5 Cattle Fencing Mistakes to Avoid

Whether you are an experienced farmer or new to farm fencing, there is always something new to learn about the most effective way to build cattle fencing. Everyone makes mistakes along the way. That’s why we put together this list of the top five most common cattle fencing mistakes to avoid so that you can learn from the wisdom of others and set yourself up for success.


1. Corner posts are not the right size or not deep enough.

The corner posts can make or break your cattle fence, as once the corners fail, so does the rest of the fence. Two of the most common mistakes when it comes to farm fencing are using undersized corner fence posts and not setting corner posts deep enough into the ground. The size of the posts will depend on the strength you need from your fence. Light duty fences like a high-tensile pasture fence will require a 4- to 5-inch diameter, while barbed wire fencing or high-tensile wire fence requires a 6- to 7-inch diameter post. Net wire fences may require an 8-inch post diameter.

Not setting corner posts deeply enough is typically a bigger issue in areas that have soft or sandy soils. You need to set your posts with a depth that is equal to or greater than the height of the top wire. For instance, if your fence is 6 feet high, then you will need to make sure that corner posts are set 6 feet into the ground. A bracing system can help ensure that your corner posts stay in the ground. You’ll also want to ensure that you are using a quality t-post driver.

2. Posts are too close to each other.

Another common issue is that posts are not spaced out far enough from one another. This may be due to the fact that individuals who are most familiar with barbed wire fencing follow the rule of thumb of using one post for every rod length, or 16.5 feet. However, this isn’t the standard for every type of fencing, so it’s important to set posts based on the materials you’re using.

For electric cattle fencing, you can space your posts out a bit more. Some fencing experts recommend setting fence posts about 80 to 100 feet apart while using shorter “stay” posts to hold wire up. This amounts to about 50 posts per mile. Other experts recommend spacing posts about 50 to 70 feet apart, depending on preference.

3. Ground rods are too close to each other.

When building an electric cattle fence, spacing is key to ground rod installation. The ground rod acts like an antenna that receives electrons that flow through the soil and back to the energizer. This completes the circuit. Experts recommend 3 feet of ground rods per joule of energizer output. That means that if you have a 6-joule energizer, you’ll need 18 feet of ground rods.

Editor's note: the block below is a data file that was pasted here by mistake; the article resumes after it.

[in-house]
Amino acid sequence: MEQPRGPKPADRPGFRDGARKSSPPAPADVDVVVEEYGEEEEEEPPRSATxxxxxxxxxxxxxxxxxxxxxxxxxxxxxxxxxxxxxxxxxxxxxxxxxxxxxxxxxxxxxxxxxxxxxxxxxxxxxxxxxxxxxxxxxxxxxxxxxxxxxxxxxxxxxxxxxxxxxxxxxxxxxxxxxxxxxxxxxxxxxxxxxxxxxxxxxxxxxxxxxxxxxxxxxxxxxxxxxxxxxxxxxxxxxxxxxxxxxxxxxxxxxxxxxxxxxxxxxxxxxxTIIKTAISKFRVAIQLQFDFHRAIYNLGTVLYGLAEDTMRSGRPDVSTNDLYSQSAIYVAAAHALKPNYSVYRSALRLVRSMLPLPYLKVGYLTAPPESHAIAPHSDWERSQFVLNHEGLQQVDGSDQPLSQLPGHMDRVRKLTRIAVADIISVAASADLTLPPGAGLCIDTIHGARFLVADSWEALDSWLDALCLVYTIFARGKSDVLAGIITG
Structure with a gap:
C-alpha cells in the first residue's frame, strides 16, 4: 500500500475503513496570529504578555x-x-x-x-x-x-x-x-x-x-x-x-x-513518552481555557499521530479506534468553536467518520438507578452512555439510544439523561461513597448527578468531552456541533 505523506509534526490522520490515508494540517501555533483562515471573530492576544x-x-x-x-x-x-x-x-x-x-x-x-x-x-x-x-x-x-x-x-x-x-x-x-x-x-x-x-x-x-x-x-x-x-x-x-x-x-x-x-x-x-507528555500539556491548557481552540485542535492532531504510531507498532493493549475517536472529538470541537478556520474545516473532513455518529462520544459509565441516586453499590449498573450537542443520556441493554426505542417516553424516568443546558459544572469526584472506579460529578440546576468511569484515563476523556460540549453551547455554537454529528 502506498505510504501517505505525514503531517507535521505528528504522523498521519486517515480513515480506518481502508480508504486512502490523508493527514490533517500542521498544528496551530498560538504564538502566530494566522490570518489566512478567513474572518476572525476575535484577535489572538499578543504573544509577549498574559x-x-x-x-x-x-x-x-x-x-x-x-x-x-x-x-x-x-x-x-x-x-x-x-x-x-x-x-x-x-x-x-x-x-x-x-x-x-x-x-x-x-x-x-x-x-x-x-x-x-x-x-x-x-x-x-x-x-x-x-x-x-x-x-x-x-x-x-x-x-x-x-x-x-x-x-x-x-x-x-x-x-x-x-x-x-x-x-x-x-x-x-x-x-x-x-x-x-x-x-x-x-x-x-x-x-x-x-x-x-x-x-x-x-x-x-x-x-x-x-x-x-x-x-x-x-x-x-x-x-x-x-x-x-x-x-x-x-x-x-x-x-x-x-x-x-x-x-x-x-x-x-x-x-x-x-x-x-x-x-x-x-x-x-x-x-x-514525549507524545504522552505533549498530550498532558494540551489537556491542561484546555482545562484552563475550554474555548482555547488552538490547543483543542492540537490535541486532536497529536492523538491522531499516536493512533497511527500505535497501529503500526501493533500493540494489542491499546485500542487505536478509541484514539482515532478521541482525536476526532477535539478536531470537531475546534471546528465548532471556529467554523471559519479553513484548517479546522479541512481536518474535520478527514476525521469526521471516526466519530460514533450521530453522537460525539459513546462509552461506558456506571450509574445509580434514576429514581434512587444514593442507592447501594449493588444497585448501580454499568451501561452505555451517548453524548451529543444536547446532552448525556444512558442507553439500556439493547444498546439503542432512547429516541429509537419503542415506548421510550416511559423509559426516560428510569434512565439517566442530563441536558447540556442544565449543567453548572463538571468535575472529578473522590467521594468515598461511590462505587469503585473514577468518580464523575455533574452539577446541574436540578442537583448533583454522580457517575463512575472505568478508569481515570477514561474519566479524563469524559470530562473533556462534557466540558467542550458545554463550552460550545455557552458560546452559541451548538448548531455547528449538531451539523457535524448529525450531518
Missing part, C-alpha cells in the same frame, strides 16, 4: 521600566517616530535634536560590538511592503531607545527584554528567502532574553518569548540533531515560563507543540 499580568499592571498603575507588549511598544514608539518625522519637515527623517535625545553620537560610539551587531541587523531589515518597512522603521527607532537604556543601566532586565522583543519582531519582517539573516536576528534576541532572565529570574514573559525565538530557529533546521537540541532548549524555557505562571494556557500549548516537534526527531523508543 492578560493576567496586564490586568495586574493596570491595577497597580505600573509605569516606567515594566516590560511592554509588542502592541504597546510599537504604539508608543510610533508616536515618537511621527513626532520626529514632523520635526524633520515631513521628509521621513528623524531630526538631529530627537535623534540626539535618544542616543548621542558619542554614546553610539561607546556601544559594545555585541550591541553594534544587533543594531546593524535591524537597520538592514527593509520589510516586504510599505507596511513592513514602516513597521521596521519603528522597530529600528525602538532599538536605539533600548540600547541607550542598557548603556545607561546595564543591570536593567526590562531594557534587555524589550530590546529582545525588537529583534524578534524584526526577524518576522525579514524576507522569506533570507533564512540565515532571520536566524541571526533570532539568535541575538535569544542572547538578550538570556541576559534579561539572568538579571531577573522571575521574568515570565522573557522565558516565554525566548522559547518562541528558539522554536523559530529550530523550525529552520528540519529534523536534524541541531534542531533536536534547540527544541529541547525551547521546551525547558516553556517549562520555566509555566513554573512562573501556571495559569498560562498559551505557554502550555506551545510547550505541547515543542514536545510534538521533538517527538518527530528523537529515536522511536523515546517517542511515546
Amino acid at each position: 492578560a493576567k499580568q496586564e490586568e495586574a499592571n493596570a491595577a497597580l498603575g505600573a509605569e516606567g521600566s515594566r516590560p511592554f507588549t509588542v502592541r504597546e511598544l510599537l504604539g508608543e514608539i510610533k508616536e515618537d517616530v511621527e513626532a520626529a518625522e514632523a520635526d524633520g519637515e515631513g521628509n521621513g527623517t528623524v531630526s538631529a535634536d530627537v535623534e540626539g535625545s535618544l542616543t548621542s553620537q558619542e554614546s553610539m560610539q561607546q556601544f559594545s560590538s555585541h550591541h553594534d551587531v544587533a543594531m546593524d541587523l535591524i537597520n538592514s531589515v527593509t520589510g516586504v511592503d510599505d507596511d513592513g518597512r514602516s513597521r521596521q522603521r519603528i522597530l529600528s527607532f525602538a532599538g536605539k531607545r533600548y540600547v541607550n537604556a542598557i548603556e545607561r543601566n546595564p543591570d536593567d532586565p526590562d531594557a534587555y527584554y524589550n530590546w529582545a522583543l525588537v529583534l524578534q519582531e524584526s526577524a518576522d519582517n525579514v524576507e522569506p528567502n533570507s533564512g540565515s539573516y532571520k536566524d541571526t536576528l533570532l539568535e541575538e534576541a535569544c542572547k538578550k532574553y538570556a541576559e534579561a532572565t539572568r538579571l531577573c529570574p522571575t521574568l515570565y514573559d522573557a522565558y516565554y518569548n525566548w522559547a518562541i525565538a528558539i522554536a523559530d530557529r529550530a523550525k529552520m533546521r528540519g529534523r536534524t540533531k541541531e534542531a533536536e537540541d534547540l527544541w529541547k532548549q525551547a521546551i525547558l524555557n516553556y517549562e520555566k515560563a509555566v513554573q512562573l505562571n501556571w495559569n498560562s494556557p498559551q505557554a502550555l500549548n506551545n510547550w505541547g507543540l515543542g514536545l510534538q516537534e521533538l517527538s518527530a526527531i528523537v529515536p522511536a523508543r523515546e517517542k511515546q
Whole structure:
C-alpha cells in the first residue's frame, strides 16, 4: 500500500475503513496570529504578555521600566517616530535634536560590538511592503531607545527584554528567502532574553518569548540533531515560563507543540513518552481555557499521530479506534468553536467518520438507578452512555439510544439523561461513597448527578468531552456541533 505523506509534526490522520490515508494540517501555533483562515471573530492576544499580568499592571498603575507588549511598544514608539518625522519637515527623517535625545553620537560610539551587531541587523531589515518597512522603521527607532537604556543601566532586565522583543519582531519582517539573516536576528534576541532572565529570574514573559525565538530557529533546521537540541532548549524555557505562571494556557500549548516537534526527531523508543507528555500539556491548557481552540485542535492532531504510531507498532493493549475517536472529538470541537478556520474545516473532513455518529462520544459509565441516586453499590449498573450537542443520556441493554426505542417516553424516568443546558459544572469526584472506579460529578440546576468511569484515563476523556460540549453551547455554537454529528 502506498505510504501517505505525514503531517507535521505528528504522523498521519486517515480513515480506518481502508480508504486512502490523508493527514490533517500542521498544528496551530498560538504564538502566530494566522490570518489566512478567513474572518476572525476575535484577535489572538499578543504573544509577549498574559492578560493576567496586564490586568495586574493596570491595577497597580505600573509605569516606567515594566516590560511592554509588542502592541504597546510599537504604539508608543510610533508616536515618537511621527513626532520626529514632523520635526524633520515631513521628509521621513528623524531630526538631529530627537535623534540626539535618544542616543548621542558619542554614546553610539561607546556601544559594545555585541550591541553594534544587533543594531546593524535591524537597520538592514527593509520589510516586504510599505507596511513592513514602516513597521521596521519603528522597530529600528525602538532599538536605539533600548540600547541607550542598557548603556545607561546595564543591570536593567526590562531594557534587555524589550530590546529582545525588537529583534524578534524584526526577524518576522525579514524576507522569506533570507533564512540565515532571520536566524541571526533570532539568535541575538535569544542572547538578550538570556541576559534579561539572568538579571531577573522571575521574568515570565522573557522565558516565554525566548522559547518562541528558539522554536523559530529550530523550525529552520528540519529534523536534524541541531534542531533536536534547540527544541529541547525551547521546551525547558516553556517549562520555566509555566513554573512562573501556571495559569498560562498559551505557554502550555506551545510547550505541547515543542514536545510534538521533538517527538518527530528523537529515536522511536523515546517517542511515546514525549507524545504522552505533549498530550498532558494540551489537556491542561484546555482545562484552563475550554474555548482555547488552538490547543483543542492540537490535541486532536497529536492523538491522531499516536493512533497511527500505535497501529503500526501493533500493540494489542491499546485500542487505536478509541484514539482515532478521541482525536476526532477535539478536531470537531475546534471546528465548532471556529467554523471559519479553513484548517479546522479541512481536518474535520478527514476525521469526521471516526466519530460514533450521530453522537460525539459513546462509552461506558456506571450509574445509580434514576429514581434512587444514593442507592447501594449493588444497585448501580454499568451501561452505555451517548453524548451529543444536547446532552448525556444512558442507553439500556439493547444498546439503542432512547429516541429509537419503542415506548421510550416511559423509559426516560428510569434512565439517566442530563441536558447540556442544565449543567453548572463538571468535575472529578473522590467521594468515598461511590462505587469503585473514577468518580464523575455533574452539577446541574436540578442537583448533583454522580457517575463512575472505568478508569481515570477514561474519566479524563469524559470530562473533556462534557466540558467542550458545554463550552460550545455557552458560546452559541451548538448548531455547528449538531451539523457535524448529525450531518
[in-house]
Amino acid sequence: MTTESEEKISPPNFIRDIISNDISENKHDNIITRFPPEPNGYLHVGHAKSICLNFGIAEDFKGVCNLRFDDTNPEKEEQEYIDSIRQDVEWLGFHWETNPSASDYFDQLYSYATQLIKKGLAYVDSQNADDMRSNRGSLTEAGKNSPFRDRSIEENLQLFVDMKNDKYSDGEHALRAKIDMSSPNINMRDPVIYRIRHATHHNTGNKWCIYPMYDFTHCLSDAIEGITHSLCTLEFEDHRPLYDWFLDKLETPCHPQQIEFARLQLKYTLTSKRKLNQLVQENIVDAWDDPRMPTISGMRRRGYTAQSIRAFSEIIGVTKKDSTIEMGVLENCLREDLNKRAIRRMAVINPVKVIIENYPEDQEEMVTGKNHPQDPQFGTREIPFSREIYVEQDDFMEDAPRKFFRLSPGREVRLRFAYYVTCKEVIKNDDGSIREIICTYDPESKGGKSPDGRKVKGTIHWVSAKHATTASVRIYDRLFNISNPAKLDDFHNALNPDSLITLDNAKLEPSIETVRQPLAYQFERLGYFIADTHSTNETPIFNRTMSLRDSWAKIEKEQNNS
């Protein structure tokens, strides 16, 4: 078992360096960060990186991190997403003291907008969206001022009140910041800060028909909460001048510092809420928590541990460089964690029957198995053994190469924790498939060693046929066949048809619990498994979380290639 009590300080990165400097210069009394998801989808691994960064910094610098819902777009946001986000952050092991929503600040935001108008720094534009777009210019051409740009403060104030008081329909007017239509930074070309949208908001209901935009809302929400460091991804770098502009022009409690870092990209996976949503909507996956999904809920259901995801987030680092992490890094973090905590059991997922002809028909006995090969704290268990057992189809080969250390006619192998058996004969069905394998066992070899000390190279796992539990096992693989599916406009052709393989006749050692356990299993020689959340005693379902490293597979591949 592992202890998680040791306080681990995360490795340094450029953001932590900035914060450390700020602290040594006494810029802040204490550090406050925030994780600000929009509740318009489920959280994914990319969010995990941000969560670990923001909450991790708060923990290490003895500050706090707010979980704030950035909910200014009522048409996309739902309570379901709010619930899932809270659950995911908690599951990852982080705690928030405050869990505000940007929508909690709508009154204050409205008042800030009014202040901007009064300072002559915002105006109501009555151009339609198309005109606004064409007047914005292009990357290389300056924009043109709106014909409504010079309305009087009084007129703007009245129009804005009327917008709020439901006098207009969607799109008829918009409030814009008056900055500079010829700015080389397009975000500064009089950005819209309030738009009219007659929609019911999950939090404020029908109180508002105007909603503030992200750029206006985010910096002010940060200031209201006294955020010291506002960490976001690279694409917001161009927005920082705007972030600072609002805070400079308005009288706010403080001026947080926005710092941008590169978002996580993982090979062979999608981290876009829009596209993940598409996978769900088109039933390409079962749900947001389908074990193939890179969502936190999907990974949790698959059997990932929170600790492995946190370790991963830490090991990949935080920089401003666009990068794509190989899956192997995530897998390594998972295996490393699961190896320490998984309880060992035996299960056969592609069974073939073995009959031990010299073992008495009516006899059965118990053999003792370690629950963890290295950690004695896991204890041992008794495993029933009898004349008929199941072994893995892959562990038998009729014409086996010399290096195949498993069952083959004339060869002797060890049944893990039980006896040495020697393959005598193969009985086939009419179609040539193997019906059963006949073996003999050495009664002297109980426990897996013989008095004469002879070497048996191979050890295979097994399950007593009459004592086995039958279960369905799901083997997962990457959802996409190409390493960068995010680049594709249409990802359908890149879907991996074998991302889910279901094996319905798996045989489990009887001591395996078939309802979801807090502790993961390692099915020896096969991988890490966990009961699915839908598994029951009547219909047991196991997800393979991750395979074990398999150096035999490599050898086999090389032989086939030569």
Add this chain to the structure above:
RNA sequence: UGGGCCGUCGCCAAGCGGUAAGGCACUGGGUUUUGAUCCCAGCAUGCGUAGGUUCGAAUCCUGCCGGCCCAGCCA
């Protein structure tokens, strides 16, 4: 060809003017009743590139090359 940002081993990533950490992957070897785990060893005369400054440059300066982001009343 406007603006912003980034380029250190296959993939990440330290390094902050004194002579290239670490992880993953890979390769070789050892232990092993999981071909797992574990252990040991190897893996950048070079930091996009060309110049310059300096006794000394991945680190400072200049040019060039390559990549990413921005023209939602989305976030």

While most fencers will install three ground rods near the energizer, you should space these ground rods throughout the fencing space. This is especially important if the average rainfall for the area is not ideal for adequate grounding. For best results, use galvanized rods for your ground rods and an insulated galvanized lead-out wire on your energizer. These are more expensive than their copper counterparts, but you don’t have to deal with corrosion.

4. You’re using the wrong size energizer.

Another common farm fencing mistake is to use the wrong size energizer when building an electric cattle fence. You should aim to use 1 joule of output per mile of fence, regardless of how many strands of wire you use. That means if you have 6 miles of fence, you will need a 6-joule energizer.

Larger energizers produce smaller voltage and are more likely to short out while trying to power through vegetation that comes in contact with the wire. For this reason, aim to find an energizer that is 7,000 to 8,000 volts high.

5. You haven’t made your fence wildlife friendly.

At first, this may seem counterintuitive. Many ranchers and farmers want to build a fence that keeps wildlife like elk and moose out. However, sometimes a more flexible fence is the answer to keeping your cattle safe while also preventing fence damage or breaks. For example, a high-tensile electric fence on t-posts may bend and break when faced with large wildlife. However, powerflex fence posts offer more flexibility and less chance of damage.

If you’re looking for quality farm fencing supplies, you’ve come to the right place. FarmRanchStore.com offers barb wire fencing tools, net fencing, panels, gates, cattle guards, and other equipment like the t-post driver. Take a look at our wide selection of fencing equipment and supplies from trusted brands like Priefert, Powder River, WW Manufacturing, Stay-Tuff, and OK Brand.